Essential travel gear

Skipping rope

Resistance band

Water-filled dumbbells


Musician and former radio DJ Holt is always listening to music. “I have an eclectic hobby and I like everything from country to jazz,” he says. “I like to estimate the beat while exercising.”

Mr. Holt poses on the board with parallel bars.

Make your hotel room your gym

The trip is back, but many hotel gyms remain closed due to Covid’s precautions. Andrew Gavigan, director of education at Aktiv Solutions, a company based in Santa Monica, California that designed fitness rooms from Hilton’s 5 feet, allows you to plan ahead and be creative so you can keep up with your day-to-day work. I will.

“Push the furniture aside so that you have enough space for push-ups and rushes,” he says. “You can squat or chest press with your suitcase as a weight, or do push-ups or dips with the edge of your desk chair or bed. Road keys are shot for consistency, not hard workouts. Is to do. “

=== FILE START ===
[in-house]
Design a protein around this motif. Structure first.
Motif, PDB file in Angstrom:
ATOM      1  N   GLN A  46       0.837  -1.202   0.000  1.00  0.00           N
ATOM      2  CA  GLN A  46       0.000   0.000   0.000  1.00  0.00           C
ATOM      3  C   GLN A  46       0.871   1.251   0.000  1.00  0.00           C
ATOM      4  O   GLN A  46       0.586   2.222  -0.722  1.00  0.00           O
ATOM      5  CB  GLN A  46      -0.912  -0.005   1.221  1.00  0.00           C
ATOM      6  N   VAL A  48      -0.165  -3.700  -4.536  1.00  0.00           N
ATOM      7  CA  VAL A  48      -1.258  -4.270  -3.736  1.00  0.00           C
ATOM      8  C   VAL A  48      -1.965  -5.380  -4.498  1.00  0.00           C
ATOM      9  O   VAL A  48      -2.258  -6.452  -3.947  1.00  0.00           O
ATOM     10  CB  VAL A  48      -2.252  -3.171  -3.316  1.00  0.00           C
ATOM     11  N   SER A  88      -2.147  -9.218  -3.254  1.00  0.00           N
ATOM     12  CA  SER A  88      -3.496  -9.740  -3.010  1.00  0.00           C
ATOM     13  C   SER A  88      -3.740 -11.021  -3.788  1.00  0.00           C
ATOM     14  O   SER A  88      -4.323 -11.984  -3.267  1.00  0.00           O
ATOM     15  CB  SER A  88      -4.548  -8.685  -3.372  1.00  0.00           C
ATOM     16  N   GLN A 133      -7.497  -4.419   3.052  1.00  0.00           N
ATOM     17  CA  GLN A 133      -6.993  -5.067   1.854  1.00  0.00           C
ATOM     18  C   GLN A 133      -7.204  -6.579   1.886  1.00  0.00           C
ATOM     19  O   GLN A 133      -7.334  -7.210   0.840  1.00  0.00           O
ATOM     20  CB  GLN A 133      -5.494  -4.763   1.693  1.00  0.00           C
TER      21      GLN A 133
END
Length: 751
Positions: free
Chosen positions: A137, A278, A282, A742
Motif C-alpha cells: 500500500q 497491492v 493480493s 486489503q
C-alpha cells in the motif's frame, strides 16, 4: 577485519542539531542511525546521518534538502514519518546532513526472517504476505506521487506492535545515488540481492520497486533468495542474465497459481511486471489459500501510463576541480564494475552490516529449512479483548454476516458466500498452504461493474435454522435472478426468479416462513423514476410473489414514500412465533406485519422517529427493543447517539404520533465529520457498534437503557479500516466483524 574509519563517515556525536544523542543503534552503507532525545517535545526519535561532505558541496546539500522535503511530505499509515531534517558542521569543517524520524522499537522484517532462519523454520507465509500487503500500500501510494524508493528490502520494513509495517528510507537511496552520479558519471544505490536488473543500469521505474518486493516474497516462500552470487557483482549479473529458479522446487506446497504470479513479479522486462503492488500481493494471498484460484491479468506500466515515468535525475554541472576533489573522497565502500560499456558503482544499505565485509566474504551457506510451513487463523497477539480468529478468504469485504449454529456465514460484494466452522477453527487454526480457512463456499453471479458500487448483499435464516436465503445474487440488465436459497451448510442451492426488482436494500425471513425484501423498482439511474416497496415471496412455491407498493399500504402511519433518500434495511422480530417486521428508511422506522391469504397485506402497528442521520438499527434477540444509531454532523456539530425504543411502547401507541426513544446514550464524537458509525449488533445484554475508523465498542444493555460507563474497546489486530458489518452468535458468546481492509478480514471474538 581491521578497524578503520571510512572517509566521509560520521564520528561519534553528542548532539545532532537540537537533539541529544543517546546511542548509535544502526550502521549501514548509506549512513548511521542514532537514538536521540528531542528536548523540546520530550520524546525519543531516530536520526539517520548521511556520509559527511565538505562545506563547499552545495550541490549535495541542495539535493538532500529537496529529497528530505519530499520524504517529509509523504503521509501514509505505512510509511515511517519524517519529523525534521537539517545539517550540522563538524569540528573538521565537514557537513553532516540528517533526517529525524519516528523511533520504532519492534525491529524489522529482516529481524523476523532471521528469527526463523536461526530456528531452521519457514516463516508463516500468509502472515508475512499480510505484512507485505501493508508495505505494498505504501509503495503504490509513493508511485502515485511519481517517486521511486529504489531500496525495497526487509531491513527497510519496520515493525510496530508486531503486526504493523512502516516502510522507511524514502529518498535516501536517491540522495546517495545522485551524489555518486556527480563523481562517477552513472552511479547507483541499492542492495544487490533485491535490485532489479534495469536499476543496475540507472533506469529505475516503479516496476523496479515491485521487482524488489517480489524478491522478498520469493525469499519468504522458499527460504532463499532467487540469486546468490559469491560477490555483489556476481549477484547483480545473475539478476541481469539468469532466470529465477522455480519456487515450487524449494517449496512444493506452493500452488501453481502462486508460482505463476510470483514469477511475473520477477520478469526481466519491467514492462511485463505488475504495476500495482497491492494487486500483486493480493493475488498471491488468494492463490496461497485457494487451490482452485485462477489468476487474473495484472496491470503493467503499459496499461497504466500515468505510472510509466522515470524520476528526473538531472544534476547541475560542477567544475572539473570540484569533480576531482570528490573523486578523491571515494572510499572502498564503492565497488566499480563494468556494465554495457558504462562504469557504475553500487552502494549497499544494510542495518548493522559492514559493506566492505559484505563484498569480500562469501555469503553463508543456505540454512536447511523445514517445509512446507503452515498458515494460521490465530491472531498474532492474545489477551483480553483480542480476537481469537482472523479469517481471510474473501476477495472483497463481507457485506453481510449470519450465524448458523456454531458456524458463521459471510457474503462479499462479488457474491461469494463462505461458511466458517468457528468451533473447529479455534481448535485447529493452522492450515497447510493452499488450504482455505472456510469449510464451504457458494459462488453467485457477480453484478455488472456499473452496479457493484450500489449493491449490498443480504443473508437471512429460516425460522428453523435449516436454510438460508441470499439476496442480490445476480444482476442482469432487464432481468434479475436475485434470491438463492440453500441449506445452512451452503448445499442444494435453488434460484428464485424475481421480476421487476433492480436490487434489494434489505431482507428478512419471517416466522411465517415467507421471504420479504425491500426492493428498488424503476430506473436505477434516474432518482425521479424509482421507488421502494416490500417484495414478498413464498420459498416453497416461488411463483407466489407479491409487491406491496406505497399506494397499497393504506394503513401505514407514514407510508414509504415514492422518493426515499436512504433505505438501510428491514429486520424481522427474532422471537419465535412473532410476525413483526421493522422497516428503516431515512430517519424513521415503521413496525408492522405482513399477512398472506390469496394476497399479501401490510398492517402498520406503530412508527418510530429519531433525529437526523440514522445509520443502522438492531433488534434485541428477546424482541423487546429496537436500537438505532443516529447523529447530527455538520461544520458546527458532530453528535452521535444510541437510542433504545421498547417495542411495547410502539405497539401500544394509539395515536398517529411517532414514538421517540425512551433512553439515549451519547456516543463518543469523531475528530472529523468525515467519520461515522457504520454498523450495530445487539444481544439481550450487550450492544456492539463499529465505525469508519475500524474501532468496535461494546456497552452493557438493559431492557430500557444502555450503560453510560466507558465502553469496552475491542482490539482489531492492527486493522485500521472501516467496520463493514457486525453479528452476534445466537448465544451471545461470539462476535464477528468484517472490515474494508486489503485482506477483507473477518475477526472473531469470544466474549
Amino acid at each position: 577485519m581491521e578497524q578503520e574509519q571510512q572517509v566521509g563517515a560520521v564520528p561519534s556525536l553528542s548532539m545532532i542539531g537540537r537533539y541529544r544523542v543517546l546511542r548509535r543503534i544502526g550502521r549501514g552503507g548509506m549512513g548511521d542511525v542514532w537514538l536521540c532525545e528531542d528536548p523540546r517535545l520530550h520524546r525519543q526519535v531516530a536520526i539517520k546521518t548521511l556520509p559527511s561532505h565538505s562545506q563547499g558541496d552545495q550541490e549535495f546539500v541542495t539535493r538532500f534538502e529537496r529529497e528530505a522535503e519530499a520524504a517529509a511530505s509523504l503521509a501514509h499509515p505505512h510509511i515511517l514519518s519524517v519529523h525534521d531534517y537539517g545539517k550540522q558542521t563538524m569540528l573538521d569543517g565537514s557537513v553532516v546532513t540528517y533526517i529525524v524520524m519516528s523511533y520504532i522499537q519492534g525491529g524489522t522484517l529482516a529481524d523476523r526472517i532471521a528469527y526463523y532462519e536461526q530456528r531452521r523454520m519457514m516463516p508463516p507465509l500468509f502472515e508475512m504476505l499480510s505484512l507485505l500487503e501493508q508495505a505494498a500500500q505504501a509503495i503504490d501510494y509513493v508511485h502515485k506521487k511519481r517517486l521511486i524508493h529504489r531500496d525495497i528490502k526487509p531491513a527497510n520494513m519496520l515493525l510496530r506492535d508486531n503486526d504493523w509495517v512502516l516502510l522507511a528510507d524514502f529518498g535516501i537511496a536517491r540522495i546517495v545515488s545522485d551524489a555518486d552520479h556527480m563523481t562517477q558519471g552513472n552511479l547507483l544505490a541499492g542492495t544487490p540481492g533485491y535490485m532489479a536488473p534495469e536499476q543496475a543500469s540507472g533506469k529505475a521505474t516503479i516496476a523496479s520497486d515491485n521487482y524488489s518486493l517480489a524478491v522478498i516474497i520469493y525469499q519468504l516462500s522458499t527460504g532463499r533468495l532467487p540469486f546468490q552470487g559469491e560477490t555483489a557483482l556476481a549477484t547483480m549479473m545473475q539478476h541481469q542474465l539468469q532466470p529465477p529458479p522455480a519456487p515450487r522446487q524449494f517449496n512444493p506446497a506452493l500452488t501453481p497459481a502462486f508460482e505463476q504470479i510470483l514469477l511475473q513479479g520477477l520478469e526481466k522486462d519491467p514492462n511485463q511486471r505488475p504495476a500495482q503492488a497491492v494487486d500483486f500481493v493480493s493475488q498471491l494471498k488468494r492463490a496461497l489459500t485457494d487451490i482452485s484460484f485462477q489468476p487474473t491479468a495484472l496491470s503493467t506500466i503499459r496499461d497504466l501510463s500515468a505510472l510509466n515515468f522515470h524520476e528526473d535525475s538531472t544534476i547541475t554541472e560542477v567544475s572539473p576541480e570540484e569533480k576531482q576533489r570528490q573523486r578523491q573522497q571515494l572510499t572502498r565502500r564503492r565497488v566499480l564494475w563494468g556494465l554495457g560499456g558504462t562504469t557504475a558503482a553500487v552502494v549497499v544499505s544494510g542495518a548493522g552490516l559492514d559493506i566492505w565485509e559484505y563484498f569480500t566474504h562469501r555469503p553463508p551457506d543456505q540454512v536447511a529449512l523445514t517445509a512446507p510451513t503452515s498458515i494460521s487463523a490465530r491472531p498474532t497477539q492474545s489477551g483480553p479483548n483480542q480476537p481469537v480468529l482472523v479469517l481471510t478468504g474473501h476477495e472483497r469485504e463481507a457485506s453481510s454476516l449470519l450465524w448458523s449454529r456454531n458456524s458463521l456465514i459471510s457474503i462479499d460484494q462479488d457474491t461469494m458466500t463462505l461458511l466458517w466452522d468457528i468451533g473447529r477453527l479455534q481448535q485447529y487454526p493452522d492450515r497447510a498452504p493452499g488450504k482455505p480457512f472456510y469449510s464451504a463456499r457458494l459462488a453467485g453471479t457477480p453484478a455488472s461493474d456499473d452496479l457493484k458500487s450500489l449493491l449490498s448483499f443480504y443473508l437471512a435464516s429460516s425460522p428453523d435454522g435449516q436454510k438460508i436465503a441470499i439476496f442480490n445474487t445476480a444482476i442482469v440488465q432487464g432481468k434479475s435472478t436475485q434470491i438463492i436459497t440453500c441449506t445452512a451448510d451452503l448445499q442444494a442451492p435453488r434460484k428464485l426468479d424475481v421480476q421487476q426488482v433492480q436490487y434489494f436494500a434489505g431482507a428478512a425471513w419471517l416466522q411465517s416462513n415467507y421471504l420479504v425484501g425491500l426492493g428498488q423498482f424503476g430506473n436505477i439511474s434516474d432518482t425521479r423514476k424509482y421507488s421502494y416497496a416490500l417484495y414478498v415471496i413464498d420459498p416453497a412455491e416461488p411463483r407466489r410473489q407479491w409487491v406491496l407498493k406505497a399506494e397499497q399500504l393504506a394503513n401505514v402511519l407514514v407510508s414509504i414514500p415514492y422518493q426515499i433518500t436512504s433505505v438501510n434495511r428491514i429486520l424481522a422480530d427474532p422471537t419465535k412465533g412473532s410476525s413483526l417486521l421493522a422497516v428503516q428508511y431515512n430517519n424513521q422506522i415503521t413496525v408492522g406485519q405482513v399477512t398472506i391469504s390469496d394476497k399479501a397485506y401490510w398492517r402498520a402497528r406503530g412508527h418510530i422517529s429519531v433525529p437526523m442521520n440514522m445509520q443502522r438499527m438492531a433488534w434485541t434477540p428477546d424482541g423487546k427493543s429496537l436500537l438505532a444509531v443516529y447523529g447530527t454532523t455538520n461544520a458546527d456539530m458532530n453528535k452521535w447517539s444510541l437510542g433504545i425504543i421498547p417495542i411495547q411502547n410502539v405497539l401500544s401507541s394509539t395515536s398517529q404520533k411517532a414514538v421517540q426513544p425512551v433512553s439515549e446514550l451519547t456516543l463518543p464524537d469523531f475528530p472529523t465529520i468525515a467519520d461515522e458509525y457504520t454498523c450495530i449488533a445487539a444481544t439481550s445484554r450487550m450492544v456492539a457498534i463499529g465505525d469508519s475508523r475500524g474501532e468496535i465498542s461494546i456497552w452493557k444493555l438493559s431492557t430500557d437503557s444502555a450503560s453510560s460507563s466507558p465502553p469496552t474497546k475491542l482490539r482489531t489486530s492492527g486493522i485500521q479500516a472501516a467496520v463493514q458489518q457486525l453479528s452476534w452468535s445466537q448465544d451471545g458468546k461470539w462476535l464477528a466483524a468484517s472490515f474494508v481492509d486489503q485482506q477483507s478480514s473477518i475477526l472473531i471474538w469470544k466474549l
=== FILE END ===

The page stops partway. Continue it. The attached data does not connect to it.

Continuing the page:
Vanessa Martin, a trainer and founder of SIN (Strength in Numbers) Workouts based in Newyork, is her dependable 24-minute hotel room work in an exercise program that encourages people to incorporate fitness into their daily lives. Sharing out. Start slowly and adjust personnel based on your fitness level.

Hotel room circuit (Repeat 4 sets. Take a 60 second break between each set.)

Minute One:

25 jumping jacks

10 Hand Release Push-ups

This push-up variation prevents cheating. This is because you need to lower it to the ground and raise your hand before doing push-ups.